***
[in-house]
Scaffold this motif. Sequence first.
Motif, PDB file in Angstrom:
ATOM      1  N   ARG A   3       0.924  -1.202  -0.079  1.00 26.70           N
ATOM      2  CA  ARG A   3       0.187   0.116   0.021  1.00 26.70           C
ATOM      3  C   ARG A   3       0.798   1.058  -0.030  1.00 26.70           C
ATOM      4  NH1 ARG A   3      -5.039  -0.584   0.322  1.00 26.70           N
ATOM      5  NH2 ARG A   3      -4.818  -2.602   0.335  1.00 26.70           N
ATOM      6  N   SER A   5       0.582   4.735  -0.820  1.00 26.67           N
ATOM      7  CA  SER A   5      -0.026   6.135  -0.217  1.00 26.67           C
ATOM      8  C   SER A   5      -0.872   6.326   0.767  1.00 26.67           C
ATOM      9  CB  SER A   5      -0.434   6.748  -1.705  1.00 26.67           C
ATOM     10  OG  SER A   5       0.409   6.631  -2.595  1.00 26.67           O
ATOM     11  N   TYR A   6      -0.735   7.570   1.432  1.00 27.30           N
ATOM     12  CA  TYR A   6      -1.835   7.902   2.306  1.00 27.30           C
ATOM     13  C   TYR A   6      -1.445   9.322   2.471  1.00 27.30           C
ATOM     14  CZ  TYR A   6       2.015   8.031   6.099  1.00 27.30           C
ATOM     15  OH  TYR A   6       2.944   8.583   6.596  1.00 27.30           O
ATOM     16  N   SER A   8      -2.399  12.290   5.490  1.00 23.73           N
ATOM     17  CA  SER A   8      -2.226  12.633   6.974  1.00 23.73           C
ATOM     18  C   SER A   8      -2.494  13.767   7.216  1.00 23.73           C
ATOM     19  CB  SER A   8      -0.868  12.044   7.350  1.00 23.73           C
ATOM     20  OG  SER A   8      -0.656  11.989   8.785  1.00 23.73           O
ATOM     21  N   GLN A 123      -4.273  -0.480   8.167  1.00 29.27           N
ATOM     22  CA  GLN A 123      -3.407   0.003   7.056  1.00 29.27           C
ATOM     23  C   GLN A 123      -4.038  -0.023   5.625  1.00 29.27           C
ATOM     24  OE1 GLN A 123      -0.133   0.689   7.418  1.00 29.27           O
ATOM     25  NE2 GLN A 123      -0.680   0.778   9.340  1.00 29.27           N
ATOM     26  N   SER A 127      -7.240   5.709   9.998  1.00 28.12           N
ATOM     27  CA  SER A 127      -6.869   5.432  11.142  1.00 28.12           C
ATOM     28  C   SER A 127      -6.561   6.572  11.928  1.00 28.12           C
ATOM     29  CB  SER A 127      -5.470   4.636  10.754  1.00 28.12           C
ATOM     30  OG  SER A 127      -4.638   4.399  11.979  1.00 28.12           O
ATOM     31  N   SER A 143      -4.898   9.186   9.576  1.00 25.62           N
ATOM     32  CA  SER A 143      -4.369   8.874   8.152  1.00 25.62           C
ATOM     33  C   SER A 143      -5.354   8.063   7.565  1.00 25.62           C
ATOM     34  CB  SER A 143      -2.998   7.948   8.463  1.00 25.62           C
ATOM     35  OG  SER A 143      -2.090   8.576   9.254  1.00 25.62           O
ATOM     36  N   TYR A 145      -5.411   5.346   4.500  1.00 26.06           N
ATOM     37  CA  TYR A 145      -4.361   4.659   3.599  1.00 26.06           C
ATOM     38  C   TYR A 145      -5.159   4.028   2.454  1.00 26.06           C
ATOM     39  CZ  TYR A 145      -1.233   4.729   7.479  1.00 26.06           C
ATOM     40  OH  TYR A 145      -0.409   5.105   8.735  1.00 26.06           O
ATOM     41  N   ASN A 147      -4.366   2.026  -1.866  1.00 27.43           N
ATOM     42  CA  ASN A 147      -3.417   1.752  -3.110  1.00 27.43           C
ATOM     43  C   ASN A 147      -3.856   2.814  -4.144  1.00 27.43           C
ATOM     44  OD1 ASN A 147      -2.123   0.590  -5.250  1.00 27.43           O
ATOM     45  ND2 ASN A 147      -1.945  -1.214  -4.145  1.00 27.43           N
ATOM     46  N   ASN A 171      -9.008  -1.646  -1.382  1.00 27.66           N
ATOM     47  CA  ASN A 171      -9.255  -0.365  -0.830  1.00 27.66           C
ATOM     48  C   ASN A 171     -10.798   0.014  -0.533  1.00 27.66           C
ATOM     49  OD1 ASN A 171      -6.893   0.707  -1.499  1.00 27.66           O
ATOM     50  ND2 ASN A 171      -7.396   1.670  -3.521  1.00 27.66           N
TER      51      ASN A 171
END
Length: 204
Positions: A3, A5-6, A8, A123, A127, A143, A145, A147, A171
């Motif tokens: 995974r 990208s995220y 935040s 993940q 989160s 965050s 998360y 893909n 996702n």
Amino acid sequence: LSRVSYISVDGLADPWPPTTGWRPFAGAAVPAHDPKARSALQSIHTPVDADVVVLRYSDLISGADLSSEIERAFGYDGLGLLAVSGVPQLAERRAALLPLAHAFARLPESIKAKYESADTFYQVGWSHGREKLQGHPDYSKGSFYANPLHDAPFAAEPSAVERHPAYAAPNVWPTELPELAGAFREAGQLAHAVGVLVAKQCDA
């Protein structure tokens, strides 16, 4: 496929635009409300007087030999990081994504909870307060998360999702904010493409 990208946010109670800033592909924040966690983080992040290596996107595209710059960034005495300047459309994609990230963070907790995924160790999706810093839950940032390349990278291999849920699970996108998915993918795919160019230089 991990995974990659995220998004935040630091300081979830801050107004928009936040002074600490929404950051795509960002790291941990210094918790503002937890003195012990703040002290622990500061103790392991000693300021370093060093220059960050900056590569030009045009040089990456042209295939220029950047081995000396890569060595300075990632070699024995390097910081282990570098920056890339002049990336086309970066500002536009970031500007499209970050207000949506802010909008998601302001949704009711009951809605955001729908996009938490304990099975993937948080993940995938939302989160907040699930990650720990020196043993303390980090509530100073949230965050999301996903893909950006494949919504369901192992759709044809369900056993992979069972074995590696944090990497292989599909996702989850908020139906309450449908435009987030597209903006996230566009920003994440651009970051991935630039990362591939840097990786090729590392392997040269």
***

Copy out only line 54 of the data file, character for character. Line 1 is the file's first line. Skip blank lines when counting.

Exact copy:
TER      51      ASN A 171